• Consider the timing. For our second Long Night we would have loved to participate with the people at EUV and other international sites. However, the official Long Night fell on a Thursday, which is a non-starter for us because our class week runs from Sunday to Thursday, making Thursdays our de facto “Friday nights.” We knew we wouldn’t get much participation holding the event at the beginning of the weekend. We’ve also tried to schedule the events to take place directly before exam time, either finals or midterms. This way we know the students are more likely to be focused on their assignments.
  • Be ready to wear different hats. Although we may think of ourselves as librarians or teachers first and foremost, we need to be highly adaptable in a Long Night situation. At various points you may find yourself acting as a life coach to a stressed student, a party starter during a dance-off (nothing inspires laughter more than a librarian dancing), and part of a clean-up crew at the end of the night. All in a night’s work!
  • Communication is key. It’s very important that other, relevant departments on campus know about your event. For us in particular, we needed to communicate with campus security in order to let them know that there would be students on campus much later than usual. We also had to work with transportation to make sure that we would have shuttle buses to transport students to their dormitories in the early hours of the morning.
  • Advertising doesn’t stop when the event starts. We kept up our social media marketing even after starting time. By updating Facebook, Twitter, and Instagram, we were able to remind students to come to the event and show them what to expect. It also gives us material for our advertising push the next time we have the event.
  • Be flexible. Students who attend your event may come up with requests you haven’t prepared for. For example, we had ordered pizza for the event and thought we were covering our bases by having vegetarian options. Then some vegans asked for pizza, and we realized we had forgotten something. When we ordered pizza later in the night we made sure to ask for a pie without cheese. The students were very appreciative, and our willingness to change things up created an even more welcoming atmosphere.
  • Keep it fun. We added a number of little touches to the event that we think makes it extra special. One of the best features of our Long Nights has been the “motivation dartboard.” At the beginning of the night students make a goal and stick it on the board. As they make progress, they move their notes closer to the center. It serves as a visual motivator for them, and we get helpful information on what students are working on. Some other little touches that have been successful are free “productivity supplies” (such as highlighters, index cards, and pens) and homemade “I survived the Lange Nacht der aufgeschobenen Hausarbeiten” stickers, which were given away to all the students who made it to the end of the night.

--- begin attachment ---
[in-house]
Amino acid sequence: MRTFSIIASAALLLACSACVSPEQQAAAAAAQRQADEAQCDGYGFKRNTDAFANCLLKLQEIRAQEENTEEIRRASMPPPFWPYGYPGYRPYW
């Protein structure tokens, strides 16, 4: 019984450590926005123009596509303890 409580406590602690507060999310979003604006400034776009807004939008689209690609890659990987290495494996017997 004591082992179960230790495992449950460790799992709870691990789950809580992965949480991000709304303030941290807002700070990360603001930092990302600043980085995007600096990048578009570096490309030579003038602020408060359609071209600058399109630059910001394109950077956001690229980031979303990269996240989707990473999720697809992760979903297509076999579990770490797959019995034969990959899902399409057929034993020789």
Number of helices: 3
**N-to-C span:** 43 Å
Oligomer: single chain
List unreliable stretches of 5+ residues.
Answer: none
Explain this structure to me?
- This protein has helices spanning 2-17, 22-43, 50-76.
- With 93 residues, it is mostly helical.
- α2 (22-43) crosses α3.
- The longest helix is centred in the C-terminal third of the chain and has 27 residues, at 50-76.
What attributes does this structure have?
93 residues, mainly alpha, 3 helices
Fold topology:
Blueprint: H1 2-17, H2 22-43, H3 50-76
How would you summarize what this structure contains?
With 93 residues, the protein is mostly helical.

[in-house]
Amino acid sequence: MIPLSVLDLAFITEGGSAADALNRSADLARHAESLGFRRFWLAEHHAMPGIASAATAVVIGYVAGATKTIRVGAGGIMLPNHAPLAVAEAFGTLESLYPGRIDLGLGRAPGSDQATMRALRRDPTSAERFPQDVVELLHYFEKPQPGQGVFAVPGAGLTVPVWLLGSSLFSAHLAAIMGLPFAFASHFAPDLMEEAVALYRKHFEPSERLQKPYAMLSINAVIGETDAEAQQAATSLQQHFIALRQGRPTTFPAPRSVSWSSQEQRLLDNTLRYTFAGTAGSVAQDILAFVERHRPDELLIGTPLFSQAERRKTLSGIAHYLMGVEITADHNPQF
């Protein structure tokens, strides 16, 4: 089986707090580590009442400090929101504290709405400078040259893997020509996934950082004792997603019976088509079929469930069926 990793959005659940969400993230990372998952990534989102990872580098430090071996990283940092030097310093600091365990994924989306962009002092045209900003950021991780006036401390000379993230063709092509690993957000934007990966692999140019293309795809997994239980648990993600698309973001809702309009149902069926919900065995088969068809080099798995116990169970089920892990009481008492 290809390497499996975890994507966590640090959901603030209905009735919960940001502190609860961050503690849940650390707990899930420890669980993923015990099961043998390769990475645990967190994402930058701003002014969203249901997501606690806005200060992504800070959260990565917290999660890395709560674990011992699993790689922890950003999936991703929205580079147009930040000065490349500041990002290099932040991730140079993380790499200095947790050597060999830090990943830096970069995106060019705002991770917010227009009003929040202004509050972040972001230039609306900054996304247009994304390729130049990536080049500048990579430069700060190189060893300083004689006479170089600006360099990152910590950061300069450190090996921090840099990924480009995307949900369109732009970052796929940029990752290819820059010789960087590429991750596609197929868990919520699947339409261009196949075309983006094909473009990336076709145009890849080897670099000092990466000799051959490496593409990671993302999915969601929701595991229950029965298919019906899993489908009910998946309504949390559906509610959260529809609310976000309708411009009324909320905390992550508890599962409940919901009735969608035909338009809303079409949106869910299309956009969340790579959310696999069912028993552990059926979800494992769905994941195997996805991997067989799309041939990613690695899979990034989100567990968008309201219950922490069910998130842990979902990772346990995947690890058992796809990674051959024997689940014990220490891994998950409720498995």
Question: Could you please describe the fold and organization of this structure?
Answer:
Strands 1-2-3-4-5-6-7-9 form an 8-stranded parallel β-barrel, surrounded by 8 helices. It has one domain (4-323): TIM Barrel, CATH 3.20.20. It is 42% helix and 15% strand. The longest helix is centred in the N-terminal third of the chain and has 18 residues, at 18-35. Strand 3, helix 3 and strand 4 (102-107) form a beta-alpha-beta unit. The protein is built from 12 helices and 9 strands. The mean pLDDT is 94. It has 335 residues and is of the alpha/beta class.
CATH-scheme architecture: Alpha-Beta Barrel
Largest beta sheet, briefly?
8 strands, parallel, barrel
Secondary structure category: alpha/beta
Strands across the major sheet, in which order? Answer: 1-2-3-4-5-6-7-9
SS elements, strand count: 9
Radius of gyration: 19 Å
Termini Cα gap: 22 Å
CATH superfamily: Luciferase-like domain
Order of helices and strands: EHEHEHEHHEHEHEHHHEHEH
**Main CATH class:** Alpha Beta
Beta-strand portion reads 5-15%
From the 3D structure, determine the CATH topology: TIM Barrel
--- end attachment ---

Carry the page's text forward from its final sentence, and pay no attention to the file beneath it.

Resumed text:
A motivation dartboard helps keep students at the Long Night event active and productive.

Future plans

At both of our Long Nights we have asked students to fill out an exit survey with their class year and major, what they participated in, what they liked, and what suggestions they have for future Long Nights. From these surveys, and from our own impressions, we have come up with a number of plans for future Long Night events.

First, we plan on continuing to have them once a semester. Students have actually asked for even more academic events in the library, so we will continue to brainstorm different ideas to meet that request. Some students have also requested that the Long Night be a true overnight event, which seems a very scary idea, but is not impossible.

Many students have asked for extended library hours on a more regular basis, which is something the administration of the library continues to consider. The biggest change we plan on enacting is the space that we use. Due to the success of the event, it was very hard to enforce the “quiet study area” on the upper floor of the library because we have an open floor plan and noise from the ground floor carries upward far too easily.

It was bittersweet for us to hear some students say that although they had fun, they had to leave to get actual work done. Our plan next year is to expand the event to the Writing Center office in an adjacent building, so that students can go there if the library is too loud. They’ll still be able to attend workshops and take advantage of snacks and desk yoga, but will also have access to a quiet study space. And then we can be as rowdy as we want (which is quite rowdy) in the library.

Overall, we are looking forward to expanding the event and coming up with new and creative ways to inspire our students to get work done and stop procrastinating.


Notes
1.

Global Academic Fellows are recent college graduates who work as tutors and teachers’ assistants. They are fully integrated in the university’s campus life projects and play an integral part in supporting all NYUAD students.

2.

Original translation from German: Long Night of Postponed Papers.

3. Head, A. Eisenberg, M. , “What Today’s College Students Say about Conducting Research in the Digital Age. ,” Project Information Literacy Progress Report 4 ( 2009 ) 7 .
4. Werder, Lv. , “Lehrbuch des kreativen Schreibens. ,“Berlin: Schibri-Verlag, 2nd ed., ( 1993 ) 13 .
5. Onwuegbuzie, A.J.. Jiao, Q.C.. , “I’ll Go to the Library Later: The Relationship between Academic Procrastination and Library Anxiety. ,” College & Research Libraries 61, no. 1 ( 2000 ).
6.

The Digital Studio provides academic technology services to students, faculty, and staff at NYUAD.

7.

Like many universities, senior students at NYUAD are required to complete capstone projects. However, since NYUAD is a relatively new institution, our rising seniors didn’t have any upperclassmen to consult with on their senior projects.

Copyright © 2014 Ilka Datig and Luise Herkner